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You are here: Documents > The Eucharist and the Mass > Instruction on Facilitating Sacramental Eucharistic Communion in Particular Circumstances  Back one page.

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Christ the Lord has left to the Church, his spouse, a testament of his immense love. This wonderful gift of the Eucharist, which is the greatest gift of all, demands that such an important mystery should be increasingly better known and its saving power more fully shared. With the intention of fostering devotion to the Eucharist - the summit and center of Christian worship - the Church, moved by pastoral zeal and concern, has on more than one occasion issued suitable laws and appropriate documents.

Present-day conditions, however, demand that, while the utmost reverence owing to such a Sacrament [1] is constantly maintained, greater access to Holy Communion should be made possible so that the faithful, by sharing more fully in the fruits of the sacrifice of the Mass, might dedicate themselves more readily and effectively to God and to the good of the Church and of mankind.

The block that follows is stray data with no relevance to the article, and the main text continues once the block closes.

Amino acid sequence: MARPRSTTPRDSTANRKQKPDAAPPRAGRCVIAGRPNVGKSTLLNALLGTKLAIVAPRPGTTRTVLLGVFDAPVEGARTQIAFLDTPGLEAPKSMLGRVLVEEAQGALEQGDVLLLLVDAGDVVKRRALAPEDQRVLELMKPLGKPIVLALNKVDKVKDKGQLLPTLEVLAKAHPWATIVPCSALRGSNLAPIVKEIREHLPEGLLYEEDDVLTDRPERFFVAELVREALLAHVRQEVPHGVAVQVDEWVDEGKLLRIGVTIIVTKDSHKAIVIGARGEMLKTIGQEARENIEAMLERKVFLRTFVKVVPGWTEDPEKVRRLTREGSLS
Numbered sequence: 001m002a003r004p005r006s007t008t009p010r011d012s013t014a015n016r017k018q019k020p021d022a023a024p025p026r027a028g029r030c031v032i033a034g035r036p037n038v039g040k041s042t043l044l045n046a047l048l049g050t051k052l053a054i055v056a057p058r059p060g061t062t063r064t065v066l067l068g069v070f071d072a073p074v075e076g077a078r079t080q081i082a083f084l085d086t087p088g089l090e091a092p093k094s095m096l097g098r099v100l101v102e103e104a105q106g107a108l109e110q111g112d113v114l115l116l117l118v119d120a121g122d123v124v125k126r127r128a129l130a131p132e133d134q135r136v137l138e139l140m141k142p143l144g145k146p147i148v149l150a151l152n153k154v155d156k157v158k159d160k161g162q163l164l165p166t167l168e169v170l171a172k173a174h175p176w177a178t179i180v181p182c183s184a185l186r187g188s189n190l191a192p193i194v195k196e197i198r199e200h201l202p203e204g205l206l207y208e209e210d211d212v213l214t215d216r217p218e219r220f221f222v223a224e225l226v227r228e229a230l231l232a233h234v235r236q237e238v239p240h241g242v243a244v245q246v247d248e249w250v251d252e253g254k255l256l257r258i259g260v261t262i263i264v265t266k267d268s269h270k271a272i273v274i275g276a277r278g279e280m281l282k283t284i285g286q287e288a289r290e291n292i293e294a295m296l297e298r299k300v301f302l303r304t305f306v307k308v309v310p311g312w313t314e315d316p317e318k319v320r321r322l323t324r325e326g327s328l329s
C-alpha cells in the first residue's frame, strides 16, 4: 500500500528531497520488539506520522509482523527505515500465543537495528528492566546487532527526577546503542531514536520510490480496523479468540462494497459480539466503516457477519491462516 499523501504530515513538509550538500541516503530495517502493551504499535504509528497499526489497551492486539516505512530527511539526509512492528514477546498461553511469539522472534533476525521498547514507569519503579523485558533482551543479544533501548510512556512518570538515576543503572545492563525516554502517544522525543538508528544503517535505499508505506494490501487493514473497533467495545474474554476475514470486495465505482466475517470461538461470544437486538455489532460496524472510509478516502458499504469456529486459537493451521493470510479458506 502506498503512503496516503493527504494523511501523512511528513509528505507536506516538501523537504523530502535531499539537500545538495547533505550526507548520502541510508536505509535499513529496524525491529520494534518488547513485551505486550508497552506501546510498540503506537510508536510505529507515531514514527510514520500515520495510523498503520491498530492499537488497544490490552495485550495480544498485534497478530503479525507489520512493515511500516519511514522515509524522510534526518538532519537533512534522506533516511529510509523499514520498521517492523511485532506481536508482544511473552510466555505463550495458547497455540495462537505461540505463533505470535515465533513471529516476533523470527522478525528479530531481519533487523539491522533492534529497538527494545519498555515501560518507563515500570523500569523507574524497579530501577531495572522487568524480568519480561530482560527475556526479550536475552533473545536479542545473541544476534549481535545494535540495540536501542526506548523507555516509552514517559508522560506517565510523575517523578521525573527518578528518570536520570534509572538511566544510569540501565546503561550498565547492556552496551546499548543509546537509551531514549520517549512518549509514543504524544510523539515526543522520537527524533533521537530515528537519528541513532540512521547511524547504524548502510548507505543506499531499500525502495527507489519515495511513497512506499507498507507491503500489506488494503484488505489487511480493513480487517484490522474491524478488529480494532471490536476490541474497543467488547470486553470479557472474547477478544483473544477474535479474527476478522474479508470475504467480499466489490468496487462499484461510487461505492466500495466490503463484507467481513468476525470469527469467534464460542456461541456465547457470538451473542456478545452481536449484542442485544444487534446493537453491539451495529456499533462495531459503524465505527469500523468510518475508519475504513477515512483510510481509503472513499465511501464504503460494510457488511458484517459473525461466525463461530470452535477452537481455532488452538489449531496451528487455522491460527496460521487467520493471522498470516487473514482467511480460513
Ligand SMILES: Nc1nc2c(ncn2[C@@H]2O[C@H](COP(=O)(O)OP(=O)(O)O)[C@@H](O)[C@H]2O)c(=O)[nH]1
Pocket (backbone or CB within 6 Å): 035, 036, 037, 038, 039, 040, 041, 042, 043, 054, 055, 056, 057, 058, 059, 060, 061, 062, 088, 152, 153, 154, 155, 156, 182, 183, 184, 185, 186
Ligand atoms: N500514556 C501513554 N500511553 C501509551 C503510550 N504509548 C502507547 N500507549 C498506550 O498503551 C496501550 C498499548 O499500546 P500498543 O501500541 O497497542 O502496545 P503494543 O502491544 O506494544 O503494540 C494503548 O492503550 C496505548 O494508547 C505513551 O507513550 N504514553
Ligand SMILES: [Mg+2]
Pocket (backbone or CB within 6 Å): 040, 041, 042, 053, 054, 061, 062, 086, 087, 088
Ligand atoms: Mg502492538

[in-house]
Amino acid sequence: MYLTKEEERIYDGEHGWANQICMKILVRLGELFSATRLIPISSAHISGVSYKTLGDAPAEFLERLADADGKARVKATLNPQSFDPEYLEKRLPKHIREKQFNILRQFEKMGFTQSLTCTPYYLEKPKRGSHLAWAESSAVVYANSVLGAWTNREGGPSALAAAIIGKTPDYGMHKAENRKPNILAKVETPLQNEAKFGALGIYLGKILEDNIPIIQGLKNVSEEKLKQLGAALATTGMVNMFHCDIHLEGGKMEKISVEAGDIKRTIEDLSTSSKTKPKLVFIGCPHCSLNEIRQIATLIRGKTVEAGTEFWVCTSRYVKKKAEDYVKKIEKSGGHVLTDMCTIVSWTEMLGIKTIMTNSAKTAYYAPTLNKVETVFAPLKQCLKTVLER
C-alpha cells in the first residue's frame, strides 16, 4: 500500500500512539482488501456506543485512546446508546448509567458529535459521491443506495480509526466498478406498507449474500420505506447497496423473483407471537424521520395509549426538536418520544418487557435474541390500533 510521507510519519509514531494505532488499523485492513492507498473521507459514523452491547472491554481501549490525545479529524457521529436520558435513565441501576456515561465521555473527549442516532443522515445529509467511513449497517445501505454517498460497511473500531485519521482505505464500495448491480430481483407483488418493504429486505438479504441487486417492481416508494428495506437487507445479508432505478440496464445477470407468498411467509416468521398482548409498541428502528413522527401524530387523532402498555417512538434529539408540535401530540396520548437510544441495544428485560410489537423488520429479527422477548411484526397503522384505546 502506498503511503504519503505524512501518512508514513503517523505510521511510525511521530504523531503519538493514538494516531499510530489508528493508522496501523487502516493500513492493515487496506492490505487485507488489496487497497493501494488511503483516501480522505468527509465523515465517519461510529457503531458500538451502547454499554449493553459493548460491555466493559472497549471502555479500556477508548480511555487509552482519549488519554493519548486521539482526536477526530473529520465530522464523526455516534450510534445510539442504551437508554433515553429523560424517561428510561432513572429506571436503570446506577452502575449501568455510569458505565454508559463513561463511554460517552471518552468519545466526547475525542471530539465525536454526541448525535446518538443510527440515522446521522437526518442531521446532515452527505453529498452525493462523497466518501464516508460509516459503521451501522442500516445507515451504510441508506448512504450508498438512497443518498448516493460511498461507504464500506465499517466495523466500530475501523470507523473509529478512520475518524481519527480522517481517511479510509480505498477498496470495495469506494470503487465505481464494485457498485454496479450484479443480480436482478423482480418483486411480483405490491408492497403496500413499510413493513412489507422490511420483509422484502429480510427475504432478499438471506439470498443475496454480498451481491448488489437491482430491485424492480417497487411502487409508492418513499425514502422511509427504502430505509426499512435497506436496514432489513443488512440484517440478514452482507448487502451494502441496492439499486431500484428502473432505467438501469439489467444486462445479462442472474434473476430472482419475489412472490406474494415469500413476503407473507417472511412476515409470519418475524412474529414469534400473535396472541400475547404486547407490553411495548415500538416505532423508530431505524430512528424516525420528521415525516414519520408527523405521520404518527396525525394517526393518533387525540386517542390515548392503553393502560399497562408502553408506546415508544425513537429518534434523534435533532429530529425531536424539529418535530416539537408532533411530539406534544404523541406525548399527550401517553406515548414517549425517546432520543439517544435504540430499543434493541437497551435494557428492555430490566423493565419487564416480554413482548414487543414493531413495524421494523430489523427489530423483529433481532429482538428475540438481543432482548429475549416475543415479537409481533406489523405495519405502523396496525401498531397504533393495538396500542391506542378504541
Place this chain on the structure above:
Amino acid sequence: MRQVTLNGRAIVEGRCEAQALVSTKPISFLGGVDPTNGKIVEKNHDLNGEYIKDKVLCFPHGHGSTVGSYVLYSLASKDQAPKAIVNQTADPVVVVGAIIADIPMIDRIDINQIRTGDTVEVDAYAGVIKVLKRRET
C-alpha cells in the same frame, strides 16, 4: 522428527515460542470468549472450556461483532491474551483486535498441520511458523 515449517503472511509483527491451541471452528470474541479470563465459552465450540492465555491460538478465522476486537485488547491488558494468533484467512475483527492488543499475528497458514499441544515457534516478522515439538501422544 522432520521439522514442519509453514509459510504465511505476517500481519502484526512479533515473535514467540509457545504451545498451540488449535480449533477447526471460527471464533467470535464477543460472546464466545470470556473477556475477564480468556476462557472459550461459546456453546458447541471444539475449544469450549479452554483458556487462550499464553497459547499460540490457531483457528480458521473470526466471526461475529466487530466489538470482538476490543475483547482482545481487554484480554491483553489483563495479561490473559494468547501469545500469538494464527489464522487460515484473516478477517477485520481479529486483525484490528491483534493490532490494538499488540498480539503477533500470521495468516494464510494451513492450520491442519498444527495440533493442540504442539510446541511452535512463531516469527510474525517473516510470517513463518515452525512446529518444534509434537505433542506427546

First of all, provisions must be made lest reception become impossible or difficult owing to a lack of a sufficient number of ministers. Provision must also be made lest the sick be deprived of such a great spiritual consolation by being impeded from receiving Holy Communion because of the law of fast, which they may not be able to observe, even though it be already very moderate. Finally, it seems appropriate to determine in which circumstances the faithful who ask to receive sacramental Communion a second time on the same day may be permitted fittingly to do so.

After a study of the recommendations of certain episcopal conferences the following norms are issued in regard to:

1)extraordinary ministers for the distribution of Holy Communion;

2)a more extensive faculty of receiving Holy Communion twice in the same day;

3)mitigation of the Eucharistic fast for the sick and elderly;

4)the piety and reverence owing to the Blessed Sacrament whenever the Eucharist is placed in the hand of the communicant.

Extraordinary Ministers for the Distribution of Holy Communion